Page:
Questioning Airplane Regulations on Wireless Devices

Discussion in 'Politics, Religion, Social Issues' started by killmoms, Feb 12, 2008.

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  1. killmoms macrumors 68040

    killmoms

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    Jun 23, 2003
    Location:
    Washington, DC
    #1
    Does anyone else happily disregard the "turn off electronic devices" warning? Mythbusters proved that non-transmitter devices emitted no problems, and let's face it, I like to listen to a little Sigur Rós while taking off. So epic!

    **** arbitrary regulations. Live practically, not by rules. :)

    ---
    EDIT: I moved these posts to the PRSI because I hope that this will be fairer to all of you than just closing or wastelanding the other thread. Please bear in mind that the rules of etiquette and civility that apply at MacRumors apply to this thread. No name calling. No insults. No personal attacks. That goes for all of you. ;) --mkrishnan
     
  2. mouchoir macrumors 6502a

    Joined:
    Apr 29, 2004
    Location:
    London, UK
    #2
    Yeah, **** these regulations. I live practically, using what I learn from the interweb to inform me, especially on issues of others peoples safety.
     
  3. sr5878 macrumors 6502a

    Joined:
    Jun 5, 2007
    #3
    it's practical to drive 120mph down the expressway.. gets you there faster and saves on gas. i don't think you're ballsy enough to do that.

    it's also practical to follow the rules that you agree to by purchasing and using the ticket, rather than being mr wise guy and breaking the rules you're too good for and risking being arrested or banned from future flights. doesn't sound like you're ballsy enough to do that, either.
     
  4. TEG macrumors 604

    TEG

    Joined:
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    Location:
    Langley, Washington
    #4
    I have never "powered down" any of my electronic devices. My PowerBook goes to sleep, my iPod goes to sleep, and my iPhone will go to sleep. The effective range of any sort of EM field from something as small and low powered as an iPod is less than 1m, and for the PowerBook, maybe 2m. Back when small electronic devices consumed many times more power, like early laptops, it was a legitimate concern regarding EM fields from those devices, but think about it, they have either a DVD player or Tape Player (VHS or Beta) on the plane that operates shortly after take-off, around 5000ft. That device created 5 times the magnetic field of my PowerBook, and it is closer to the avionics than any passenger.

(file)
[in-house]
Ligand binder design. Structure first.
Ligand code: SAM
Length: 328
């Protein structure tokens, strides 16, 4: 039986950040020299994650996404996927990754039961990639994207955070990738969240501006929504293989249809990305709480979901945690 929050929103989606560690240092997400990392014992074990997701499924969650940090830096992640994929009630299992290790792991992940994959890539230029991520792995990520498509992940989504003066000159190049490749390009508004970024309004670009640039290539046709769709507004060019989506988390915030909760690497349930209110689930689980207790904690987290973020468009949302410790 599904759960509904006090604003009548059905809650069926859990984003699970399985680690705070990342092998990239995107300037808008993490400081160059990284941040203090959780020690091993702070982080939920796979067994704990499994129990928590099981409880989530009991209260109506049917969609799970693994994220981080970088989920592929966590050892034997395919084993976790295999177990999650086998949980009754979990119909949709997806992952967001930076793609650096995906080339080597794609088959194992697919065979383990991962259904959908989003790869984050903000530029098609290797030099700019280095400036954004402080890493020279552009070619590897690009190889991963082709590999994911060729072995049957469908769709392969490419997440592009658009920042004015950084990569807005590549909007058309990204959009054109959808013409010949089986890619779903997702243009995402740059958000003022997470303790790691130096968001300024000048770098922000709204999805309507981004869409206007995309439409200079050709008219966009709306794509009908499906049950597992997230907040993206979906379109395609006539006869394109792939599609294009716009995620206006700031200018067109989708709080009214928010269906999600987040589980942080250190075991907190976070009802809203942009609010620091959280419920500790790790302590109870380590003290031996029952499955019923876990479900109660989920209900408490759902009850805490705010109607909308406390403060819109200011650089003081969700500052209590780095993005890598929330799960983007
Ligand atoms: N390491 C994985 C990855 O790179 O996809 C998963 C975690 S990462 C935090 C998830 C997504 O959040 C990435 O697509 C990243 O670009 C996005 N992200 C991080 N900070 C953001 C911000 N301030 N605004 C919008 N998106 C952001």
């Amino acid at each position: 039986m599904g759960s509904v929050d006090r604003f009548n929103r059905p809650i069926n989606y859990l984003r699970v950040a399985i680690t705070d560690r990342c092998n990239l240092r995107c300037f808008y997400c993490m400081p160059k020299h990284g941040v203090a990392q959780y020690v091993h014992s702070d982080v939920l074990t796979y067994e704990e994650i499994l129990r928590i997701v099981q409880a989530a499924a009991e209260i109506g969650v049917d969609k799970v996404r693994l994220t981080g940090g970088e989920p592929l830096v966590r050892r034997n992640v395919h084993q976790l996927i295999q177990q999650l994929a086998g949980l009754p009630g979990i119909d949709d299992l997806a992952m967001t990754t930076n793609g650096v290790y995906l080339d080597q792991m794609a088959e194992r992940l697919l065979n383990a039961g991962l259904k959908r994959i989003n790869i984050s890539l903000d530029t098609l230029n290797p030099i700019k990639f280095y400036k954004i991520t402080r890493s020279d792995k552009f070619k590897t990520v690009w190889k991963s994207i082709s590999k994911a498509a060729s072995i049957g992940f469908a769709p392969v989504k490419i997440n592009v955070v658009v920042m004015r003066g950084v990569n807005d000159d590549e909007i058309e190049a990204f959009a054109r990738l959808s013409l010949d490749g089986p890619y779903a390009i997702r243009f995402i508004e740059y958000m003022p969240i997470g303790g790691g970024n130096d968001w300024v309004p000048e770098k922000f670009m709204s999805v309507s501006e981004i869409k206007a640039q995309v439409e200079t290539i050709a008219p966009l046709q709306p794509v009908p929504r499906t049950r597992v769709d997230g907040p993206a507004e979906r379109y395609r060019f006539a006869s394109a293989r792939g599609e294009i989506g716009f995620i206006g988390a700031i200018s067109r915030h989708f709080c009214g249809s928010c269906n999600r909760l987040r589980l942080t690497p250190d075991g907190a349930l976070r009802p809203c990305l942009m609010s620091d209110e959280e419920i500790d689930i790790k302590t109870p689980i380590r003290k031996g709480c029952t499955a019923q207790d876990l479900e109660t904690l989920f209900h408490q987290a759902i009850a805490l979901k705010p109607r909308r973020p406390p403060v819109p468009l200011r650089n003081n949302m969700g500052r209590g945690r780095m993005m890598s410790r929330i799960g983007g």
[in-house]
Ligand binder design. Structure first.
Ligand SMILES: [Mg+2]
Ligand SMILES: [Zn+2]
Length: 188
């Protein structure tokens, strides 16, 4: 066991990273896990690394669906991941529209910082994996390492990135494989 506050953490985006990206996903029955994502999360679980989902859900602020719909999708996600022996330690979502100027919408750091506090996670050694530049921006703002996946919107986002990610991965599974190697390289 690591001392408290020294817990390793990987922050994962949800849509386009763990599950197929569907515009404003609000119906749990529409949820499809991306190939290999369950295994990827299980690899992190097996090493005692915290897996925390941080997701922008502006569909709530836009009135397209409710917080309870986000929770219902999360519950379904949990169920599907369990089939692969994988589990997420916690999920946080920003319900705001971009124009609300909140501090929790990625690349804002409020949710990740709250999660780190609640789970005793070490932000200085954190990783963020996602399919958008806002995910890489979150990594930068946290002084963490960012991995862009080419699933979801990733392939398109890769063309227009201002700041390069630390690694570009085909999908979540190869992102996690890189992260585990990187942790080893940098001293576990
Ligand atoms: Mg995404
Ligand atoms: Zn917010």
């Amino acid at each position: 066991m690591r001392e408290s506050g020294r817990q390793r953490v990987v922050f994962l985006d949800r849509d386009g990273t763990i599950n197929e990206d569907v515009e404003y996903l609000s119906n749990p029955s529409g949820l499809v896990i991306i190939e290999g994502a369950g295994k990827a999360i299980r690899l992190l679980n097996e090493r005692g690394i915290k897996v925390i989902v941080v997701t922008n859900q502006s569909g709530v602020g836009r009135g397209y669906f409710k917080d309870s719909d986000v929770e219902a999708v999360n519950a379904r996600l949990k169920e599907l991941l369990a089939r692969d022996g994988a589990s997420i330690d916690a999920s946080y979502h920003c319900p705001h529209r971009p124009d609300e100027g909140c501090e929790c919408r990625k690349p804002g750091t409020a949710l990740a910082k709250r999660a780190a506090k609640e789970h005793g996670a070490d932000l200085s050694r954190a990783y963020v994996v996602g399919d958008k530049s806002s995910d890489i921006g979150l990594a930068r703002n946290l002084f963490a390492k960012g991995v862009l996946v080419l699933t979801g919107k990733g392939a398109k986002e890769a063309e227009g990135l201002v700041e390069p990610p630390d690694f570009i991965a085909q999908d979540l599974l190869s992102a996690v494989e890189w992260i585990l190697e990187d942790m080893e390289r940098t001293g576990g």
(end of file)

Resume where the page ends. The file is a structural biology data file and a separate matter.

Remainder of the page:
Regardless, airplane mode is what you want. However, if you are on a plane with Wi-Fi service, you cannot enable Wi-Fi in Airplane mode, so you'll have to pop out the sim, then turn off Airplane Mode. To not look suspicious, I'd try to find a mechanical pencil with a long enough metal tip to pop the SIM tray, so you don't have to bend a paper clip.

    TEG
     
  5. rayward macrumors 68000

    Joined:
    Mar 13, 2007
    Location:
    Houston, TX
    #5
    I'll spin the question around: can't you simply do what's asked of you for a few minutes? They're not impinging on your constitutional rights, they're asking you to turn off and put away your iPod just during take off and landing. I fly over a hundred thousand miles a year; I love my iPhone; I turn it off when asked.

    If you want to be a rebel, go protest a nuclear waste dump or something. Disregarding a reasonable request for the short time it takes them to get you and a couple of hundred fellow passengers airborne just makes you [name-calling removed by moderator].
     
  6. question fear macrumors 68020

    question fear

    Joined:
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    Location:
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    #6
    The issue IS the phone part. Electronics aren't a huge deal, but cell phone signal can cause static. There's been raging debates back and forth about it, but if they want it off, better to believe them than risk the pilot getting a bout of "GSM buzz" right before landing.
     
  7. JCastro macrumors 6502a

    Joined:
    Feb 12, 2008
    #7
    I had my old phone accidentally turn on in my back pack while I was in flight. I did not know it until I landed and I had numerous welcome messages from various cell companies. I was flying international. It obviously didn't cause a problem.